Have biofuel projects taken off as expected? A report from the Overseas Development Institute (ODI) looks at the situation in five countries which were seen as key destinations for the industry – and what effects the developments may have on local food security.
The authors, Anna Locke and Giles Henley, are participants in our project on China and Brazil in African Agriculture.
Following the rise in oil prices in 2007-2008, interest in biofuels led to the acquisition of large tracts of land in developing countries, including in Africa. There is concern that local food security may be threatened, but others argue that biofuel demand could stimulate investment in agriculture.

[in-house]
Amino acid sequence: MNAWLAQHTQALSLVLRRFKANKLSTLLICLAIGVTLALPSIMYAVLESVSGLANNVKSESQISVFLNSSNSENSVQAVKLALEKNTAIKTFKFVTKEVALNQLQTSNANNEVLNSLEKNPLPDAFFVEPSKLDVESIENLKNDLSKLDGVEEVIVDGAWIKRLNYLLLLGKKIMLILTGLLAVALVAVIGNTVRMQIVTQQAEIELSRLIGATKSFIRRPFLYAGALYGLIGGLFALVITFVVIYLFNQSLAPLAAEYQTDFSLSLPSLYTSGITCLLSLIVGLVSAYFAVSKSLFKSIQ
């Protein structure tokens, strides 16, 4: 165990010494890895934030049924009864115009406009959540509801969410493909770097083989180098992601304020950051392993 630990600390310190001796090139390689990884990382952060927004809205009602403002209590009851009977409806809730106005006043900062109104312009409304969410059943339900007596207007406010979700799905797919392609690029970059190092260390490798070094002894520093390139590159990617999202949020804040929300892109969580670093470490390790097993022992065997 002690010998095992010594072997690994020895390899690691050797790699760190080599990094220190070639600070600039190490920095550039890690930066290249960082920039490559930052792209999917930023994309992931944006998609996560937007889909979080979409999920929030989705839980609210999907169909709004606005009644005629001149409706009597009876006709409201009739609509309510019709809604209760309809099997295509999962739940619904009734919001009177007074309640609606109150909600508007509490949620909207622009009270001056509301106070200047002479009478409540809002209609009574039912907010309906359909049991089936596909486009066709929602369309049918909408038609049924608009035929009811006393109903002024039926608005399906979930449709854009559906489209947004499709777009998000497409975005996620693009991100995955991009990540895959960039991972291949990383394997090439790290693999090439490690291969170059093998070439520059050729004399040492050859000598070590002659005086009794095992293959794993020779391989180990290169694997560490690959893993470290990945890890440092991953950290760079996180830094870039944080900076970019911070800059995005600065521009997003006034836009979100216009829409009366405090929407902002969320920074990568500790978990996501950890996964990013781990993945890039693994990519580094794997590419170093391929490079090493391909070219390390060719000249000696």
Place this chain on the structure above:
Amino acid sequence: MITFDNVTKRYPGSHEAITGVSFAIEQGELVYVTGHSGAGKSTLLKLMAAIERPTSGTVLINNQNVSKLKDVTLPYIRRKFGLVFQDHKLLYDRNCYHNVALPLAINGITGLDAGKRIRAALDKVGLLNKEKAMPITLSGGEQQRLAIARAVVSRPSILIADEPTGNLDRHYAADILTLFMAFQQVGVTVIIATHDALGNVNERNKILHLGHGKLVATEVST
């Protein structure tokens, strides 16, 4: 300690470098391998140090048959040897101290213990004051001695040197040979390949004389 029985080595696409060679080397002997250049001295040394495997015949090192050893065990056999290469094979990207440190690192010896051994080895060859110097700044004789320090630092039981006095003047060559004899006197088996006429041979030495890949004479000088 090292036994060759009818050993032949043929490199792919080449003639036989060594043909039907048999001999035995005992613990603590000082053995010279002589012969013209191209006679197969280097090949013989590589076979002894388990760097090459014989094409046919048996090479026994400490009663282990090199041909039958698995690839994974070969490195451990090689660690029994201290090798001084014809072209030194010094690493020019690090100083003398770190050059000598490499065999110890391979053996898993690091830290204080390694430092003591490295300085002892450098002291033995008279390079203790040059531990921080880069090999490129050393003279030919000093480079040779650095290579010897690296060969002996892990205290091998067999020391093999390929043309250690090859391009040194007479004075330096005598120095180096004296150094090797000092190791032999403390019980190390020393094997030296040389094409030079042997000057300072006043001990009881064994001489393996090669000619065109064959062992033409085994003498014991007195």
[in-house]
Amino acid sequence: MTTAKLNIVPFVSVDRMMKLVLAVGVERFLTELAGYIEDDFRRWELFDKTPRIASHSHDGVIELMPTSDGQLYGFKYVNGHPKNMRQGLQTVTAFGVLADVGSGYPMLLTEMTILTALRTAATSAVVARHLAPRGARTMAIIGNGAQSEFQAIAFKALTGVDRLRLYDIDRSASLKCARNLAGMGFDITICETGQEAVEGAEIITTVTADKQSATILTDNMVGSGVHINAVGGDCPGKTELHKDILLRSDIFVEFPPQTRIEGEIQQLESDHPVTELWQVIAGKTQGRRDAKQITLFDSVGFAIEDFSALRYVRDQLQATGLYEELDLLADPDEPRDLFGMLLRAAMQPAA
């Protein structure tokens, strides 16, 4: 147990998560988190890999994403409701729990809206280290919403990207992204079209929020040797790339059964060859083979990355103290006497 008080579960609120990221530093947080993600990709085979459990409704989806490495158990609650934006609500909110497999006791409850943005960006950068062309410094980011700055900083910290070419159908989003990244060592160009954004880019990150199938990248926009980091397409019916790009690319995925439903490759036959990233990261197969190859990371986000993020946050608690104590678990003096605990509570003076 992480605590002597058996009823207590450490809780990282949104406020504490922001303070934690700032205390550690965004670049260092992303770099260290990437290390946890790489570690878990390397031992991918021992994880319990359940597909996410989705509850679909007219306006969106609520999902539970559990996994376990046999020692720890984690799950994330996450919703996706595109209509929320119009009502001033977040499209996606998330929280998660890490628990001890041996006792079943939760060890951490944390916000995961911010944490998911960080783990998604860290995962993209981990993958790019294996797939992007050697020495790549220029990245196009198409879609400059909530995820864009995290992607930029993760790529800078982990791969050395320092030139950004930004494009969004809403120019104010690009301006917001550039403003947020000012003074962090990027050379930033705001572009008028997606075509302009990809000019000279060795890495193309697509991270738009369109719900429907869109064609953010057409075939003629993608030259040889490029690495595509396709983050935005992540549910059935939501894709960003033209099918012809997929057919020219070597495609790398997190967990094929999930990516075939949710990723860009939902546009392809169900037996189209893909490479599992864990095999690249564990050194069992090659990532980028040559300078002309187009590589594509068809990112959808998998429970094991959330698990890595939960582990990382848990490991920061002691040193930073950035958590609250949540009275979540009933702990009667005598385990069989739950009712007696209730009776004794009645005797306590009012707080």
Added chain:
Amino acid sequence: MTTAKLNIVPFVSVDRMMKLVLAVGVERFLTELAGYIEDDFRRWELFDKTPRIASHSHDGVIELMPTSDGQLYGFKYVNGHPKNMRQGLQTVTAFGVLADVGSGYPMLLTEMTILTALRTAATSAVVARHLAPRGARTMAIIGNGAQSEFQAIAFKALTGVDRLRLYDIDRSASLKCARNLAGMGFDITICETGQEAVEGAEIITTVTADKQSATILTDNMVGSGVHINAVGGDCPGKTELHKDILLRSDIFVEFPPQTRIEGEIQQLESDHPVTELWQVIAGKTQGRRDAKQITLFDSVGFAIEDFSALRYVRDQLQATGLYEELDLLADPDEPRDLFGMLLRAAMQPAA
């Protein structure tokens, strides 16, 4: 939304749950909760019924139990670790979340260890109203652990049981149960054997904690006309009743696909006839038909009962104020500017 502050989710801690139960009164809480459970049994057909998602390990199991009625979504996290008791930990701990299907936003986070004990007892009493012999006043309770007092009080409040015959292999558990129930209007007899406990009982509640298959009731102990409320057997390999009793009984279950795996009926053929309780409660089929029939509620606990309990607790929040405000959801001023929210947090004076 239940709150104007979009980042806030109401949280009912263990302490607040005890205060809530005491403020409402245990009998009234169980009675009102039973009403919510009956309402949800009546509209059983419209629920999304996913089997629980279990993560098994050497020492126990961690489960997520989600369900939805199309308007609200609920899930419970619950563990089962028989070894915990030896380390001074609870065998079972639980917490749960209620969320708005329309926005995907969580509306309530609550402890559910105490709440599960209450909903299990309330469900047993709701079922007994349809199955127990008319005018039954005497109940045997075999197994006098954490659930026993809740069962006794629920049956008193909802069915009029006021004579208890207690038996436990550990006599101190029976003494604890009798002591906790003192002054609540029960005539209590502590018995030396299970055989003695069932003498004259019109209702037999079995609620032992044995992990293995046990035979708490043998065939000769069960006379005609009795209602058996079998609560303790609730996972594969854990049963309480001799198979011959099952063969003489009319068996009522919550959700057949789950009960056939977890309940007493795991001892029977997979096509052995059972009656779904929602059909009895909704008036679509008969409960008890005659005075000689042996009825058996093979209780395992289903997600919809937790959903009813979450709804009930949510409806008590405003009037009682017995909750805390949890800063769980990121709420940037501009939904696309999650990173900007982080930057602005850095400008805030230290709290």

The report covers Ethiopia, Indonesia, Mozambique, Tanzania and Zambia. In general, the authors find that only a small proportion of the land authorised by the government in the four African countries has been cultivated for biofuels.
This publication is one of the outputs of Shockwatch – Food Prices, a wider ODI project exploring the future of food prices and what can be done to reduce and stabilise them.
- Scoping report on biofuels projects in five developing countries by Anna Locke and Giles Henley (ODI, May 2013)
- Our work on Food price volatility
Image: Jatropha curcus – the biofuel plant by tonrulkens on Flickr (creative commons)